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The Center for Bright Beams, A National Science Foundation Science and Technology Center

Oxygen dissolution and surface oxide reconstructions on Nb(100)

R. D. Veit, N. A. Kautz, R. G. Farber, and S. J. Sibener

Niobium (Nb) superconducting radio frequency (SRF) cavity surfaces are terminated by a native bulk oxide layer whose composition and structure directly influences SRF cavity performance. This work demonstrated that the surface crystallographic orientation of Nb determines the structure of this oxide layer; Nb(100) formed well-ordered (3x1)-O ladder structures while NbO on Nb(111) had no discernible long-range order. The energy barrier for oxygen dissolution from NbO to the bulk was determined to be 0.6 eV, and structural evolution of the (3x1)-O surface as a function of oxygen dissolution was investigated using scanning tunneling microscopy (STM). It was shown that oxygen dissolution occurred preferentially at the midpoint of the (3x1)-O ladder structure, which may indicate a preferred surface site for oxygen dissolution.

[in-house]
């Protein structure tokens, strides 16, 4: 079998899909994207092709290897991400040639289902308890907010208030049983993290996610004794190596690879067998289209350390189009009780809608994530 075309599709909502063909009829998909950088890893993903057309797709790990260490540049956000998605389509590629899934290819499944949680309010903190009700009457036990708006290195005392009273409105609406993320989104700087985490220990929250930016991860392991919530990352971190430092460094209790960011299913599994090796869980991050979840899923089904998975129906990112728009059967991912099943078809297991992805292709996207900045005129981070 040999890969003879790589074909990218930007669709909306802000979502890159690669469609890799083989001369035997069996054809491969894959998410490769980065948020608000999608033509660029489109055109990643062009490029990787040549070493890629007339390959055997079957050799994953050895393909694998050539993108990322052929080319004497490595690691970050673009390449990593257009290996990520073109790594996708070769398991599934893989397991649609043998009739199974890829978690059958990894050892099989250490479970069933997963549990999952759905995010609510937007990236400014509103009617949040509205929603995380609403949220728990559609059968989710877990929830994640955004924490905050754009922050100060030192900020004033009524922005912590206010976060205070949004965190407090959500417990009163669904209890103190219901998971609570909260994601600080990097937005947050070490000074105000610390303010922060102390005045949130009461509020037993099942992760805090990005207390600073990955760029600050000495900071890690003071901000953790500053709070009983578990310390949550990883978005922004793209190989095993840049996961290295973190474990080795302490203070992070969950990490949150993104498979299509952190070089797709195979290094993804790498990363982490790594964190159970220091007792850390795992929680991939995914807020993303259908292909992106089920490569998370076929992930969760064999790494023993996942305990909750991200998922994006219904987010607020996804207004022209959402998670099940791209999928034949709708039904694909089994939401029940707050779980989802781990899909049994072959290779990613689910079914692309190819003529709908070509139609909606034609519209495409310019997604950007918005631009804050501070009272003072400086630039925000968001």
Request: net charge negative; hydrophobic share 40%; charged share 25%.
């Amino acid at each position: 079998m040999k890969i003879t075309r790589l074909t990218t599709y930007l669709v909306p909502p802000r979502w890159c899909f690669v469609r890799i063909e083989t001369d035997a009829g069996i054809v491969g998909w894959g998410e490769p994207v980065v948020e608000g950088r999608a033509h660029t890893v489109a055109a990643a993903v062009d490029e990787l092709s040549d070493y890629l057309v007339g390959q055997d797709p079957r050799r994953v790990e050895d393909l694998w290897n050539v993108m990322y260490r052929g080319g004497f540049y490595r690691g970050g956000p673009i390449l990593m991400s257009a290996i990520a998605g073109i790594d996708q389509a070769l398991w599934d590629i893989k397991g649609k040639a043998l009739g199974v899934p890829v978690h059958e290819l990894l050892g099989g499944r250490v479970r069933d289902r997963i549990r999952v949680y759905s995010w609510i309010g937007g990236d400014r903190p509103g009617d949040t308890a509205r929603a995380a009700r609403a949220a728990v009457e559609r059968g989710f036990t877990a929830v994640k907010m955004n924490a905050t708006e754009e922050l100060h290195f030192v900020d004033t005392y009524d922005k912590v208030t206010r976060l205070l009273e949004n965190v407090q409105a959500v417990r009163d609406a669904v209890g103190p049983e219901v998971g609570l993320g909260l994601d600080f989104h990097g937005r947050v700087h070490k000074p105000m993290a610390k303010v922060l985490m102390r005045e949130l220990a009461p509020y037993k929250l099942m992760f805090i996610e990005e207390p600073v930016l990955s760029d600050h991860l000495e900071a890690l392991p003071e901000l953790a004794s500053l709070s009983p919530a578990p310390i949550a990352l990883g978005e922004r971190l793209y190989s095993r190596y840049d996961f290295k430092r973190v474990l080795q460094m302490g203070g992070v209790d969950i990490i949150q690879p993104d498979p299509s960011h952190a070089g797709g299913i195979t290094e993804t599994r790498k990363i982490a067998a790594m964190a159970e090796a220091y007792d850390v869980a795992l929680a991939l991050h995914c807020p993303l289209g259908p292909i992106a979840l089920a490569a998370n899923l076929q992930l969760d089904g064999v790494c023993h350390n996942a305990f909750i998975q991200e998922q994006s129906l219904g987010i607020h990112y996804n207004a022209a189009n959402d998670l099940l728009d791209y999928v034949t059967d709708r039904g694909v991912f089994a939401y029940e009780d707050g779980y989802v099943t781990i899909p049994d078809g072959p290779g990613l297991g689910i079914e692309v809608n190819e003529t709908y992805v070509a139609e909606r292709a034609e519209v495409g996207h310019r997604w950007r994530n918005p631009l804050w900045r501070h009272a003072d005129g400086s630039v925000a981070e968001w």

STM images of NbO surface structure. More in caption.

Two orange STM images. The left shows Nb(111) t 20 nm with fuzzy clumps. The right shows Nb(100) at 5 nm with organized loops.

STM images show surface crystallographic orientation effects on NbO surface structure. The left image has V = - 0.5 V, I = - 0.1 nA. Nb(111) presents disordered oxide domains with no long-range order due to the open nature of the Nb(111) plane. The right image has V = -0.5 V, I = -19 pA. Nb(100) presents highly-ordered (nx1)-O superlattices due to the closely-packed Nb(100) plane.
Relation to CBB goals:

This work may have implications for SRF cavity fabrication procedures, resulting in higher cavity quality factors.

Potential applications:

SRF cavity fabrication procedures, such as nitrogen doping and Nb3Sn thin film growth, may be optimized with this understanding of how increased surface temperature influences the chemical and structural composition of Nb surfaces.